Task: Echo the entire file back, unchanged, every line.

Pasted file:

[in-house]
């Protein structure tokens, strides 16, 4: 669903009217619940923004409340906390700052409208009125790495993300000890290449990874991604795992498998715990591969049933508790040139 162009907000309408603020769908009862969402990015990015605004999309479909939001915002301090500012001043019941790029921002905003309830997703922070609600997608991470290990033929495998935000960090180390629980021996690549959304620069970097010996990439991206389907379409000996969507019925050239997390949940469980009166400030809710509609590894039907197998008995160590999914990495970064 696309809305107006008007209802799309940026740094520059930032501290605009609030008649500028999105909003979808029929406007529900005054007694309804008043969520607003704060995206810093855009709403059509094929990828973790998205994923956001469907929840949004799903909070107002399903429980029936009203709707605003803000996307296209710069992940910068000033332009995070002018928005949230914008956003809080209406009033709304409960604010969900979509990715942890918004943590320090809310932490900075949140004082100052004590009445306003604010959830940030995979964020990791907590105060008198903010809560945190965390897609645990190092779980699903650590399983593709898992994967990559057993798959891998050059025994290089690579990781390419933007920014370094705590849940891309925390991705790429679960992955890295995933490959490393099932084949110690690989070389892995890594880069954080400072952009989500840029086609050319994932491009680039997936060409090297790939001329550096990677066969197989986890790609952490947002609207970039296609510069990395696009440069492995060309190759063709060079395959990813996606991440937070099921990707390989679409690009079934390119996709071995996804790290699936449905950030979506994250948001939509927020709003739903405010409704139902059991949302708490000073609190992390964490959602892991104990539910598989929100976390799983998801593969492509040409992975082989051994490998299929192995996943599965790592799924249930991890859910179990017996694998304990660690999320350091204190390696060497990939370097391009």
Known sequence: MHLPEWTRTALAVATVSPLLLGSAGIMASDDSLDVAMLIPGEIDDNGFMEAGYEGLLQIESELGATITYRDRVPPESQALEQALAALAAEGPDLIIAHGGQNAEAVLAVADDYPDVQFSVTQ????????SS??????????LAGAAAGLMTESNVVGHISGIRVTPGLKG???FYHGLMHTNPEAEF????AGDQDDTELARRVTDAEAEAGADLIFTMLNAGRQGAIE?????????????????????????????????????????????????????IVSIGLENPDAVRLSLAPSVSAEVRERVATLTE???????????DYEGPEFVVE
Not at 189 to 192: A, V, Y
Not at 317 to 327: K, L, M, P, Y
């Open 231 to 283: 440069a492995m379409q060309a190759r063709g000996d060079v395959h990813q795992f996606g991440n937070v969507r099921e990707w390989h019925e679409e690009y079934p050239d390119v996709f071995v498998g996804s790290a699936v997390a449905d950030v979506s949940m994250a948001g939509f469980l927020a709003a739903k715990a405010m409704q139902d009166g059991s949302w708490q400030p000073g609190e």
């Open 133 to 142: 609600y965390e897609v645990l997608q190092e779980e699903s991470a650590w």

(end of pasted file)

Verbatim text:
[in-house]
């Protein structure tokens, strides 16, 4: 669903009217619940923004409340906390700052409208009125790495993300000890290449990874991604795992498998715990591969049933508790040139 162009907000309408603020769908009862969402990015990015605004999309479909939001915002301090500012001043019941790029921002905003309830997703922070609600997608991470290990033929495998935000960090180390629980021996690549959304620069970097010996990439991206389907379409000996969507019925050239997390949940469980009166400030809710509609590894039907197998008995160590999914990495970064 696309809305107006008007209802799309940026740094520059930032501290605009609030008649500028999105909003979808029929406007529900005054007694309804008043969520607003704060995206810093855009709403059509094929990828973790998205994923956001469907929840949004799903909070107002399903429980029936009203709707605003803000996307296209710069992940910068000033332009995070002018928005949230914008956003809080209406009033709304409960604010969900979509990715942890918004943590320090809310932490900075949140004082100052004590009445306003604010959830940030995979964020990791907590105060008198903010809560945190965390897609645990190092779980699903650590399983593709898992994967990559057993798959891998050059025994290089690579990781390419933007920014370094705590849940891309925390991705790429679960992955890295995933490959490393099932084949110690690989070389892995890594880069954080400072952009989500840029086609050319994932491009680039997936060409090297790939001329550096990677066969197989986890790609952490947002609207970039296609510069990395696009440069492995060309190759063709060079395959990813996606991440937070099921990707390989679409690009079934390119996709071995996804790290699936449905950030979506994250948001939509927020709003739903405010409704139902059991949302708490000073609190992390964490959602892991104990539910598989929100976390799983998801593969492509040409992975082989051994490998299929192995996943599965790592799924249930991890859910179990017996694998304990660690999320350091204190390696060497990939370097391009």
Known sequence: MHLPEWTRTALAVATVSPLLLGSAGIMASDDSLDVAMLIPGEIDDNGFMEAGYEGLLQIESELGATITYRDRVPPESQALEQALAALAAEGPDLIIAHGGQNAEAVLAVADDYPDVQFSVTQ????????SS??????????LAGAAAGLMTESNVVGHISGIRVTPGLKG???FYHGLMHTNPEAEF????AGDQDDTELARRVTDAEAEAGADLIFTMLNAGRQGAIE?????????????????????????????????????????????????????IVSIGLENPDAVRLSLAPSVSAEVRERVATLTE???????????DYEGPEFVVE
Not at 189 to 192: A, V, Y
Not at 317 to 327: K, L, M, P, Y
């Open 231 to 283: 440069a492995m379409q060309a190759r063709g000996d060079v395959h990813q795992f996606g991440n937070v969507r099921e990707w390989h019925e679409e690009y079934p050239d390119v996709f071995v498998g996804s790290a699936v997390a449905d950030v979506s949940m994250a948001g939509f469980l927020a709003a739903k715990a405010m409704q139902d009166g059991s949302w708490q400030p000073g609190e």
């Open 133 to 142: 609600y965390e897609v645990l997608q190092e779980e699903s991470a650590w």